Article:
CHARACTER TAB

POV Goal: Update this with the hero’s external goals.

POV Goal Internal: Update this with the “Things That Need Fixing”.

IMPACT ON PROTAGONIST: Update this with how you’re showing the hero’s flaws during the setup.

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THEME STATED

The third Save the Cat! beat is the Theme Stated.  This is part of the setup sequence and is a single scene.

Save the Cat! Theme Stated Check List

Directly relates to your hero’s flaw and what they need to learn

Stated by a secondary character

Is ignored by the hero

PLOT TAB

Scene Name: THEME STATED: Shannon Fired (Illustration 1: Fictionary Evaluate Page)

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CATALYST

The fourth Save the Cat! beat is the Catalyst.  This maps directly to the Fictionary Inciting Incident. This is a single-beat scene and we are no longer in the setup of the story.

Save the Cat! Catalyst Check List

Something happens to the hero

The hero can’t go back after this event

Sends the story in a new direction

Forces the hero out of their status quo

PLOT TAB

Scene Name: CATALYST: Lance cheats

Story Arc: Set to Yes.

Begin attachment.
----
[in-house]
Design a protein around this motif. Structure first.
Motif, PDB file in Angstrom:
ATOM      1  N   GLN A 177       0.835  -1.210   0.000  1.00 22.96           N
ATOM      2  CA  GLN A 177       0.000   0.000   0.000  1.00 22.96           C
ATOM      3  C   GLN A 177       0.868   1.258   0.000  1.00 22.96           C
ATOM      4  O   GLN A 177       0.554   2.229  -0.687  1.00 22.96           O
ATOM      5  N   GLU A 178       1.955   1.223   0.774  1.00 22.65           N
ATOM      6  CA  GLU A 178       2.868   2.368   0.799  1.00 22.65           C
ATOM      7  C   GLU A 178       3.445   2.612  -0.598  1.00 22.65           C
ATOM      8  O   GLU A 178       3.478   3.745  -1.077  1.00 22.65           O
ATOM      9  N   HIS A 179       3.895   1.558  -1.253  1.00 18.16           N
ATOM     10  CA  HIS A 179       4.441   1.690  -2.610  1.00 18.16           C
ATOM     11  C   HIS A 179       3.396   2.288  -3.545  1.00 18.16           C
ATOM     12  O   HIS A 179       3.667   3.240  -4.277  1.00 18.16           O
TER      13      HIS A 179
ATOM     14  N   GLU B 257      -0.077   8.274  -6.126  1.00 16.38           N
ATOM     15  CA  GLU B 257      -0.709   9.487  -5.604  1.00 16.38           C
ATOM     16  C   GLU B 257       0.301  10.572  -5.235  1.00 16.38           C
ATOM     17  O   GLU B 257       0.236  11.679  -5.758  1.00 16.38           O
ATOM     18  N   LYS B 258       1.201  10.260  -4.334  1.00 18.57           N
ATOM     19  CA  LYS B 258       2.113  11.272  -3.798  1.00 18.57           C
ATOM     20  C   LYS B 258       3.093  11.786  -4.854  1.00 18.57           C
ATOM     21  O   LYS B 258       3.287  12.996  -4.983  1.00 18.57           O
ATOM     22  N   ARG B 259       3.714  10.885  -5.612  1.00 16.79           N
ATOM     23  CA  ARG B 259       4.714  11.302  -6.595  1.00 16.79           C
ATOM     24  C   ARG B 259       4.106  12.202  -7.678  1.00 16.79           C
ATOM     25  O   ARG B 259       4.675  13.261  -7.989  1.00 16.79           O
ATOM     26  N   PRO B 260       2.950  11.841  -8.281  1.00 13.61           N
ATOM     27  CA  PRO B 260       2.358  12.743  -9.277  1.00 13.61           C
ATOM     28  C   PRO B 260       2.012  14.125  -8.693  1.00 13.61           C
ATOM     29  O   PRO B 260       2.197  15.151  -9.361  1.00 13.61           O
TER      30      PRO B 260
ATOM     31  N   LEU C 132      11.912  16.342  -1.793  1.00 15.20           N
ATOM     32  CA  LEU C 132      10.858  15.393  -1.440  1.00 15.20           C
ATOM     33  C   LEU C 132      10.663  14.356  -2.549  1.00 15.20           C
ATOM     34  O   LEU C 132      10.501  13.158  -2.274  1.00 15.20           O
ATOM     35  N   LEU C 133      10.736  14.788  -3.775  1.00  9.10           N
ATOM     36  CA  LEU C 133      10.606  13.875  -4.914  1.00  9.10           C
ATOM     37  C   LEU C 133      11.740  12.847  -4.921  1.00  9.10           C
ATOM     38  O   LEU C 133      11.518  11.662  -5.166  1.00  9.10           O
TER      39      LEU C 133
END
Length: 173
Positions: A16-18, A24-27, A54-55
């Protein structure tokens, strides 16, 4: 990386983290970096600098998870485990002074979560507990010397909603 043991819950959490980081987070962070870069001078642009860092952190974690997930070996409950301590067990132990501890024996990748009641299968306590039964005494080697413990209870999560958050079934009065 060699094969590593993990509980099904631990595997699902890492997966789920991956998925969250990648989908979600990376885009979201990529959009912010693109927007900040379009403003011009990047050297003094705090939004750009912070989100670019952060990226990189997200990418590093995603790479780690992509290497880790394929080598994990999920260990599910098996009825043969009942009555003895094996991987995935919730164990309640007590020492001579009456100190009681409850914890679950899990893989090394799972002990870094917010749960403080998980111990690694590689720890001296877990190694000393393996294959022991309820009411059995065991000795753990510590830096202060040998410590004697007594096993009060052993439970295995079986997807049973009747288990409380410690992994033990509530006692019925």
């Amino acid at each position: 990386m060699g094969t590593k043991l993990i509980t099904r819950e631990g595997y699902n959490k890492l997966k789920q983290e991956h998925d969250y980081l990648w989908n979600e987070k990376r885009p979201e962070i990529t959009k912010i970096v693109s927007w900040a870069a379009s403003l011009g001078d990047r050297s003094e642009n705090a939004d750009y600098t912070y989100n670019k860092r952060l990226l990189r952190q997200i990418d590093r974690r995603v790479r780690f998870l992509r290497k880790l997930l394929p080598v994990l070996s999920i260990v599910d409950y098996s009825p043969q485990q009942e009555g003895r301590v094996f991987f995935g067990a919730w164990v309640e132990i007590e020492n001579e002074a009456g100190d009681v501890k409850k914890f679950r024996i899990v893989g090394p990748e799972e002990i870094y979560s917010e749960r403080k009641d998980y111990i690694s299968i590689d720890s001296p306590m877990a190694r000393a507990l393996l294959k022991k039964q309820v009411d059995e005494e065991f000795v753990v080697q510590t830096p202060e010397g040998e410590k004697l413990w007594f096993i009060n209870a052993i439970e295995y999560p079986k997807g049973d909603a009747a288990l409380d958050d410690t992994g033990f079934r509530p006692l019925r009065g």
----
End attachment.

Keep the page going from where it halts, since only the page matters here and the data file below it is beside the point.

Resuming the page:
Purpose: Inciting Incident

Fictionary Inciting Incident

CHARACTER TAB

Point of View (POV): Must be the protagonist.

Fictionary Point of View

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DEBATE

The fifth Save the Cat! beat is the Debate.  This is a multi-scene beat.

Save the Cat! Debate Check List

Sum up the hero’s reaction to the catalyst with a question

Show the hero’s resistance to change OR

Show the hero preparing for Break into 2

PLOT TAB

Scene Name: DB: <scene name> Name each scene in the debate sequence so you know you’re meeting the check list requirements.

Purpose: Debate Sequence

Fictionary Debate Sequence

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BREAK INTO 2

The sixth Save the Cat! beat is the Break Into 2.  This maps directly to the Fictionary Plot Point 1 and is a single-scene beat.

Save the Cat! Break Into 2 Check List

Hero makes a proactive decision to break into 2

Identify how the hero is doing something new or going somewhere new

Introduce a new, upside down world that’s very different from the status quo

Forces the hero out of their status quo

Hero’s motivation driven by what they want, not that they need (fixing things the wrong way)

PLOT TAB

Scene Name: BREAK INTO 2: <scene name>

Story Arc:  Set to Yes

Purpose: Plot Point 1

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B STORY

The seventh Save the Cat! beat is the B Story.  This is a single-scene beat.

Save the Cat! B Story Check List

A new character who will represent or teach the hero the theme AND

Is a product of the Act 2 world

PLOT TAB

Scene Name: B STORY <scene name>

Purpose of Scene: B STORY

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FUN & GAMES

The eighth Save the Cat! beat is the Fun & Games beat.  This is a multi-scene beat.

Save the Cat! Fun & Games Check List

Show how the hero is faring in the Act 2 world (upward/downward)

Give the hero ups and downs along the path